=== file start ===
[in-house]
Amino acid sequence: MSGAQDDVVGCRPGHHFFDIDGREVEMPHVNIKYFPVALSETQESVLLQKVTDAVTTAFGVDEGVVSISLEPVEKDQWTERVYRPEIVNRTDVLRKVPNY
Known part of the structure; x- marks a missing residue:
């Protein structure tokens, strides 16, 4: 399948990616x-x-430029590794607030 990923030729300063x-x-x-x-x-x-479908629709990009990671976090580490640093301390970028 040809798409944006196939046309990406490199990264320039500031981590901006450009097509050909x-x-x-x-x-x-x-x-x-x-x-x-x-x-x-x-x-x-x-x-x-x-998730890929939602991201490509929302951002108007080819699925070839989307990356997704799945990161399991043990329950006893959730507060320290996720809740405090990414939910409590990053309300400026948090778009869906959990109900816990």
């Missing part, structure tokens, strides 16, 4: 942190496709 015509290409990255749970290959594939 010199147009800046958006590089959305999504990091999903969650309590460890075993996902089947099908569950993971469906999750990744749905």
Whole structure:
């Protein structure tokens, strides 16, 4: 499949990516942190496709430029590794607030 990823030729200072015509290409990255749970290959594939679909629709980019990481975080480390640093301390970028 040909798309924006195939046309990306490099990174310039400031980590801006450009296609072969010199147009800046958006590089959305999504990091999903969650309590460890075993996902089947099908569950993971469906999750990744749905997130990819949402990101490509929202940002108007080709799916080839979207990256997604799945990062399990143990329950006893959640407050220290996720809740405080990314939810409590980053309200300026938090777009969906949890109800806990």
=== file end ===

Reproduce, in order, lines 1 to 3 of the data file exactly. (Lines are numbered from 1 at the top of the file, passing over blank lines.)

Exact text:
[in-house]
Amino acid sequence: MSGAQDDVVGCRPGHHFFDIDGREVEMPHVNIKYFPVALSETQESVLLQKVTDAVTTAFGVDEGVVSISLEPVEKDQWTERVYRPEIVNRTDVLRKVPNY
Known part of the structure; x- marks a missing residue: